Can I teach English abroad if I’m a non-native speaker? | Teach Away Inc.

Can I teach English abroad if I’m a non-native speaker?

Can I teach English abroad if I’m a non-native speaker?

Let’s cut to the chase. Yes, you absolutely can teach English abroad if you’re a non-native speaker!

We’re happy to debunk this particular myth - at Teach Away, we regularly place teachers from all over the world, including native and non-native speakers, in lots of great teaching jobs abroad. Too many to count, in fact!

Demand for English teachers worldwide is skyrocketing. As long as you can speak English proficiently (and hold an ESL certification) and have a knack for teaching, there’s an English teaching job out there for you.

Don’t forget, English is a global language and in many instances, being a non-native speaker can actually give you an edge over your competition. Why’s that? Well, just think of how motivating you can be to your students as a non-native ESL teacher.

As a bilingual teacher, you have so much to offer.

You’ve been in your students’ shoes already. You worked hard to learn English to a high level, so you know what it’s like first-hand to learn a language from scratch.

You have a depth of understanding of English grammar concepts that your native speaking counterparts won’t have, having learned the language intuitively from birth. Remember, native speakers don’t automatically make better teachers.

So, don’t let your nationality or accent hold you back from applying to teaching jobs abroad - schools abroad in many countries are looking for candidates just like you!

Who counts as a native speaker?

In general, employers abroad consider candidates from the US, Canada, the UK, Ireland, South Africa, Australia and New Zealand to be native speakers.

Hang on a second, that doesn’t seem fair, right? There are plenty of other countries that speak English as their primary language - the Caribbean, Philippines and India, to list just a few.

The reality is, though, there are a few remaining countries that don’t count applicants outside of these seven countries as native speakers. Stringent visa regulations in the UAE, South Korea and Japan, for example, require teaching candidates to hold a passport from one of the seven countries above, meaning schools in these countries are, unfortunately, restricted in who exactly they can hire.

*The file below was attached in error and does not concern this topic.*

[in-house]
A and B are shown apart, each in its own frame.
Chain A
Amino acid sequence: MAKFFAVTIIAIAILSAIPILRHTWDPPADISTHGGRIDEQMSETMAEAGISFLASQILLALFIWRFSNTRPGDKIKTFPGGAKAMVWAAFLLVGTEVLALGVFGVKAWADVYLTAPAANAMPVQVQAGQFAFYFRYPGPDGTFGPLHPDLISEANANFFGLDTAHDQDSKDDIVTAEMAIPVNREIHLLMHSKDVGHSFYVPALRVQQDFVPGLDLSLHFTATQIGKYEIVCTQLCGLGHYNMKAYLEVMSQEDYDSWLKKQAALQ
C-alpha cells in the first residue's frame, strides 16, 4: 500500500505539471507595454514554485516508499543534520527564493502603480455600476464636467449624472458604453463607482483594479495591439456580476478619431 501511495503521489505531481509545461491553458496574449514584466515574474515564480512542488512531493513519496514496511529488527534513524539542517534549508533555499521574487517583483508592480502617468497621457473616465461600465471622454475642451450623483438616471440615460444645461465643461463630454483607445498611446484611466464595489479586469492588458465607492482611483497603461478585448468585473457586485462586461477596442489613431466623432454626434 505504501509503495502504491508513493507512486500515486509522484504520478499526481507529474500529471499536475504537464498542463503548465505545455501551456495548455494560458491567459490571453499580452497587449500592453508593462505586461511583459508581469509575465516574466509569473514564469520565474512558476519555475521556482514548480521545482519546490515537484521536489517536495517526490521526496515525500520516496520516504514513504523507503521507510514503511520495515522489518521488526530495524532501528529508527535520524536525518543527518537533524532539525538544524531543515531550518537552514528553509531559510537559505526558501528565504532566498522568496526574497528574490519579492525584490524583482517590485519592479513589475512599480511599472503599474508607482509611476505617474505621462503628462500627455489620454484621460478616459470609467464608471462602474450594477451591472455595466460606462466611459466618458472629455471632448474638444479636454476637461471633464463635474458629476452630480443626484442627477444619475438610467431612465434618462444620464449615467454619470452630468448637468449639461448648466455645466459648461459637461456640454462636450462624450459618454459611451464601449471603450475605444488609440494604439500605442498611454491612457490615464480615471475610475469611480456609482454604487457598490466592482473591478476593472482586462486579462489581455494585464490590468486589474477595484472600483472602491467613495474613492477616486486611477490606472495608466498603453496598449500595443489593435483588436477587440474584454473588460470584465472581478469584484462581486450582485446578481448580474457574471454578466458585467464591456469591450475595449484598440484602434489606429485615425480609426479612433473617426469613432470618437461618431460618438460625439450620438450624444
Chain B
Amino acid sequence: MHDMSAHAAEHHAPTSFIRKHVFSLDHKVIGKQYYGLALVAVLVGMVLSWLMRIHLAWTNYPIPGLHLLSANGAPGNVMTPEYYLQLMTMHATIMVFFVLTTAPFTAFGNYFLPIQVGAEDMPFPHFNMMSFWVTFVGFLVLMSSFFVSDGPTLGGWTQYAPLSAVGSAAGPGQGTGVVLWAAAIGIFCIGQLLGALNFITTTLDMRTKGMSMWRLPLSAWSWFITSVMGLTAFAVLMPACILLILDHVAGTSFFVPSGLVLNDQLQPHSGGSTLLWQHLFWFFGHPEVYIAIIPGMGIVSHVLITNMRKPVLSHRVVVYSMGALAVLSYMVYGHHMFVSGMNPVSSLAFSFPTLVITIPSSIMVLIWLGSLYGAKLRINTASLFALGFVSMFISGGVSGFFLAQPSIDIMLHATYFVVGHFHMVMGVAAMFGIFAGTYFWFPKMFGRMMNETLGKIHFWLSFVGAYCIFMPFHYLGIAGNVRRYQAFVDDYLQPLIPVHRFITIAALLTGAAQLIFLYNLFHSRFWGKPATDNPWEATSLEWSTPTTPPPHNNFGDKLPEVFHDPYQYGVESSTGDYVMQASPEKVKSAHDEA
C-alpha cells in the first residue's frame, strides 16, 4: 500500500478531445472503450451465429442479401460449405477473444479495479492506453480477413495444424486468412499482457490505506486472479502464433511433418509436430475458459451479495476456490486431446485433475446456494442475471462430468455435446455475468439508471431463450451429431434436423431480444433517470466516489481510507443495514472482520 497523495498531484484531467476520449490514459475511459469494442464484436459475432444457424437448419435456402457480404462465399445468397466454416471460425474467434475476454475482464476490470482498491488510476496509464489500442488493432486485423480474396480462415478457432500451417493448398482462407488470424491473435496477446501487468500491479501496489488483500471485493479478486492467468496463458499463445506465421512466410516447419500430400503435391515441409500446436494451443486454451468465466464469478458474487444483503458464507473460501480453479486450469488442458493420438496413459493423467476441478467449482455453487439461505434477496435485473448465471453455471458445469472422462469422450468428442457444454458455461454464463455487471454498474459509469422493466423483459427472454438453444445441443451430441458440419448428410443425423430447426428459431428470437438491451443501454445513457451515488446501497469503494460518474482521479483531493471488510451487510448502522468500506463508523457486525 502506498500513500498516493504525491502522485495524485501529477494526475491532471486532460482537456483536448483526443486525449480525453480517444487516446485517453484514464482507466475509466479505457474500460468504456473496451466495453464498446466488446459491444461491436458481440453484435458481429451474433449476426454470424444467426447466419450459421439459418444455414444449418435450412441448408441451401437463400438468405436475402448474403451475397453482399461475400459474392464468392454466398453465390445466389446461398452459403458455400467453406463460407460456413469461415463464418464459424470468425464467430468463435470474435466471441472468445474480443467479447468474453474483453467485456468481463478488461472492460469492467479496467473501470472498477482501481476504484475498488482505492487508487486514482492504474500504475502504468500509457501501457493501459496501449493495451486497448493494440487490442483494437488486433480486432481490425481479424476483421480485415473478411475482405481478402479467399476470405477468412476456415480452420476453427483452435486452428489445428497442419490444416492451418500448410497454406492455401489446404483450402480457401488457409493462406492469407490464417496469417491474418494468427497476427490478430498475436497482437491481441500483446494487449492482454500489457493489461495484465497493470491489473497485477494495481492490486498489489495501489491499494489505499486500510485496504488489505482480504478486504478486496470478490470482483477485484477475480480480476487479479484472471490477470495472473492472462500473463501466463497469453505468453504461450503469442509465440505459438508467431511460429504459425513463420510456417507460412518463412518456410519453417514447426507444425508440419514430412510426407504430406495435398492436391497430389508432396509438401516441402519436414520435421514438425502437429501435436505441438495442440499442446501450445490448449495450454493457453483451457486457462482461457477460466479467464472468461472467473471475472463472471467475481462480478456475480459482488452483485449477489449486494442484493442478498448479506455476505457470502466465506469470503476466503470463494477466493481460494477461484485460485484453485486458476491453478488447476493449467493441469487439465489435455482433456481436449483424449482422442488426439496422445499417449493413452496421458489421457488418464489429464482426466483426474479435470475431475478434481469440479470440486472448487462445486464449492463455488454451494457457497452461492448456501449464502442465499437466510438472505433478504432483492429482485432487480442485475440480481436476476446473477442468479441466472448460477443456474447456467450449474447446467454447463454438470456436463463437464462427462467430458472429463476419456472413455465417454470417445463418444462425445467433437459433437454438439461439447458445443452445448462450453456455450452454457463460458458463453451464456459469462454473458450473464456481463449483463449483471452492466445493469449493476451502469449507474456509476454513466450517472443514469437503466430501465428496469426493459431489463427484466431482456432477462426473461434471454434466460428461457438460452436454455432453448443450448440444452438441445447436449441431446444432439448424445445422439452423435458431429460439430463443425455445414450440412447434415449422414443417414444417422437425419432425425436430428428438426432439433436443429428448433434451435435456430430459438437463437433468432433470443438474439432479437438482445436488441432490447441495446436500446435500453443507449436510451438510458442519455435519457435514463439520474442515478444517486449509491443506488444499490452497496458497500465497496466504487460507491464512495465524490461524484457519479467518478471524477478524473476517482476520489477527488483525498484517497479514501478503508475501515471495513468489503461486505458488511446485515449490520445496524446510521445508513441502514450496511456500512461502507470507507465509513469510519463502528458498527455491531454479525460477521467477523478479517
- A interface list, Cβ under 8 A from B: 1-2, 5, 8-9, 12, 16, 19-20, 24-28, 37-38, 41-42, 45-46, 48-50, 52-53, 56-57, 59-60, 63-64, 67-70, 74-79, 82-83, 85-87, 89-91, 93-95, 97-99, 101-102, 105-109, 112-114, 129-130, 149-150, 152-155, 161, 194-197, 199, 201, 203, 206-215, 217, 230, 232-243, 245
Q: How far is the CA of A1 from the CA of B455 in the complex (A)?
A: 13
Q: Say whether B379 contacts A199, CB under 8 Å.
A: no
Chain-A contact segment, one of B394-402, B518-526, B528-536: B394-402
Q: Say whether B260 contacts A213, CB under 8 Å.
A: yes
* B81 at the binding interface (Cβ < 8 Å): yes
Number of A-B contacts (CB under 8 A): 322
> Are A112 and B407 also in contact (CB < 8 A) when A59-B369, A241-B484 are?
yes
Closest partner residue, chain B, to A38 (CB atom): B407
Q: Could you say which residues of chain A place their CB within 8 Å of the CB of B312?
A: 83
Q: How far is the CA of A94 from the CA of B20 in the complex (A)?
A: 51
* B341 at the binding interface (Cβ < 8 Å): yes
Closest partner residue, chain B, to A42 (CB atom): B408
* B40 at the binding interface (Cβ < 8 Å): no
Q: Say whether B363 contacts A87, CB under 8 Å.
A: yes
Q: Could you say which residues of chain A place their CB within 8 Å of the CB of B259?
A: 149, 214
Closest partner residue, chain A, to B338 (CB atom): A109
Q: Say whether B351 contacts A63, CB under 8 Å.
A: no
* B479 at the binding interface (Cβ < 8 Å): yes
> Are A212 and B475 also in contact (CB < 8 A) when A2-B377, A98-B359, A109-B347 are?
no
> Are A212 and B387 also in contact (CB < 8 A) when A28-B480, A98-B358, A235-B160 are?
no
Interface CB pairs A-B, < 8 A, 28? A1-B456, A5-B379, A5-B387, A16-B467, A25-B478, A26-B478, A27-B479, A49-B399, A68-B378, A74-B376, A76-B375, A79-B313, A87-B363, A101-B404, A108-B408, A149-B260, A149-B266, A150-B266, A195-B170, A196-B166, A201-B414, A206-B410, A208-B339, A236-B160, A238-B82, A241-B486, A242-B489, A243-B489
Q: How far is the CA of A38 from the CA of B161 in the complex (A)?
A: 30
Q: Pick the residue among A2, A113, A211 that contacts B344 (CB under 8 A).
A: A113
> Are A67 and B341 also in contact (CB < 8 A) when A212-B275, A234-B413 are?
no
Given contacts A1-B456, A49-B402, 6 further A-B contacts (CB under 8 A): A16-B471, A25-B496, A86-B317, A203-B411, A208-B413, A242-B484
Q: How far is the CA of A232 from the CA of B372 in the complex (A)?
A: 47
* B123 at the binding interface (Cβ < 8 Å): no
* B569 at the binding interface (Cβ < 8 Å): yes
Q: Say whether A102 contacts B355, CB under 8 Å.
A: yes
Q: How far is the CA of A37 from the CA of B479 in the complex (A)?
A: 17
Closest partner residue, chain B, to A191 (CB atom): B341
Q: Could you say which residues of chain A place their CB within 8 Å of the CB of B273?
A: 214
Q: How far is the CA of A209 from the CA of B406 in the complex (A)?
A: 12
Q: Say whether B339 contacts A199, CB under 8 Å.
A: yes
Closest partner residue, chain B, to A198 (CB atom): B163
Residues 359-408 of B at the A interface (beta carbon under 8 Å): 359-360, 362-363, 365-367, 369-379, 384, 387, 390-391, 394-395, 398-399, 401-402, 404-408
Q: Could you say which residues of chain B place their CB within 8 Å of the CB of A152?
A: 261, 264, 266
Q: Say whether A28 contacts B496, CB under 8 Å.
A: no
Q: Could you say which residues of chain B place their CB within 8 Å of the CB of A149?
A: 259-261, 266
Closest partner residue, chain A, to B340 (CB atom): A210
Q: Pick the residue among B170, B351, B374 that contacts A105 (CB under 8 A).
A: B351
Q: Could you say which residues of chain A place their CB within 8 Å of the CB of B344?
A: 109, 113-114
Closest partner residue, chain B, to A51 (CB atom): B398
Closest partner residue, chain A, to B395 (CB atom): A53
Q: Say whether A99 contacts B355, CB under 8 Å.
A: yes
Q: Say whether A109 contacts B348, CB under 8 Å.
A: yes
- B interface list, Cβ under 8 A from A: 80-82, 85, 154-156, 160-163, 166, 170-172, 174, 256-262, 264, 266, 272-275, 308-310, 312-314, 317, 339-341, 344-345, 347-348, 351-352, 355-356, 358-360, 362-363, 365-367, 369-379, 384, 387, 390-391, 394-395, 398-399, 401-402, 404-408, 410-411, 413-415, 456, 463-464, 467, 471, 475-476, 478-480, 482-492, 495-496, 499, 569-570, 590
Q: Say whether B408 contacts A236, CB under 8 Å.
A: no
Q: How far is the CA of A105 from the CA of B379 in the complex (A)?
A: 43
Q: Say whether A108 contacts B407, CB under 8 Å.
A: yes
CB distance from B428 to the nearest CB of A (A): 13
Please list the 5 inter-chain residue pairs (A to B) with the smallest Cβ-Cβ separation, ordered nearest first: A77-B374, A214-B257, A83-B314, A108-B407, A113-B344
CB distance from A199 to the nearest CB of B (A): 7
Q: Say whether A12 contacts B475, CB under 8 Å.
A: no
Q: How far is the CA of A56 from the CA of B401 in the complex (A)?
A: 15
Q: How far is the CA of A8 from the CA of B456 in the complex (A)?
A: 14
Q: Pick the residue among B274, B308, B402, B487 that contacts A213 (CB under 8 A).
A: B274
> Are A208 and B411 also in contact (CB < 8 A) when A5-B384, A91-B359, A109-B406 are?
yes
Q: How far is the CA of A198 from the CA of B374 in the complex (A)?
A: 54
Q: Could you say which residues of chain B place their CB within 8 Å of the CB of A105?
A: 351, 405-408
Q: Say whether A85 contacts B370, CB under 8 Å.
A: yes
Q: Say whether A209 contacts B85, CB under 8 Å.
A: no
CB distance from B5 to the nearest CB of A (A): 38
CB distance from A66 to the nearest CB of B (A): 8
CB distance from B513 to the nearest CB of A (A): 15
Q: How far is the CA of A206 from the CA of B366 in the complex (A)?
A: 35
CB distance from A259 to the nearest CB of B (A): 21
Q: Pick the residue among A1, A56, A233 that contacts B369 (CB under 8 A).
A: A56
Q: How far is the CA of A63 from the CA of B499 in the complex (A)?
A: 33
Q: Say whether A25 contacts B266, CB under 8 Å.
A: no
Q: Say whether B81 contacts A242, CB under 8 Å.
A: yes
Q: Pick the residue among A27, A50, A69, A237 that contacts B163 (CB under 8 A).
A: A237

Where can I teach abroad as a non-native speaker?

Keep the chin up! There are still plenty of opportunities for non-native speakers in other popular teaching destinations overseas.

The list is long: Thailand, Cambodia, countries in Central and South America like Mexico and Brazil, countries in Europe as well as Turkey, among others, all welcome applications from non-native English speakers.

So, how can you make sure that you’re as qualified as possible for teaching positions in these countries?

How non-native speakers can boost their chances of being hired to teach English abroad.

While being a non-native speaker isn’t necessarily a barrier to teaching English abroad, as with any job you apply for, you need to show you’re the right person for the job.

When it comes to applying to teach abroad, it’s important to first familiarize yourself with some common qualifications and requirements. Head on over to the Teach Away job board and browse some job postings in the countries you’d like to teach in. This will help you figure out any gaps on your resume that could cost you that dream job interview.

Ensure that you’re as qualified as possible for the jobs you’re interested in. Prove your teaching skills as well as your level of English fluency - a TEFL certification can boost your chances of landing a job in one of the many and varied countries that welcome applications from non-native speakers.

Having some teaching experience also goes a long way to show your commitment when applying for English teaching jobs - this applies to native speakers just as much as non-native speakers.

Remember to keep working on your English language skills, too. The English language is changing and adapting all the time. Read books, listen to English music, watch movies with the subtitles turned off - all of these daily activities will help you refresh your English skills!

Don’t let the fact that you’re a non-native speaker keep you from realizing your dream of becoming an ESL teacher abroad. Give it your best shot - keep honing those language skills, get your resume up to scratch and keep an eye out for the right opportunities on our job board. Good luck!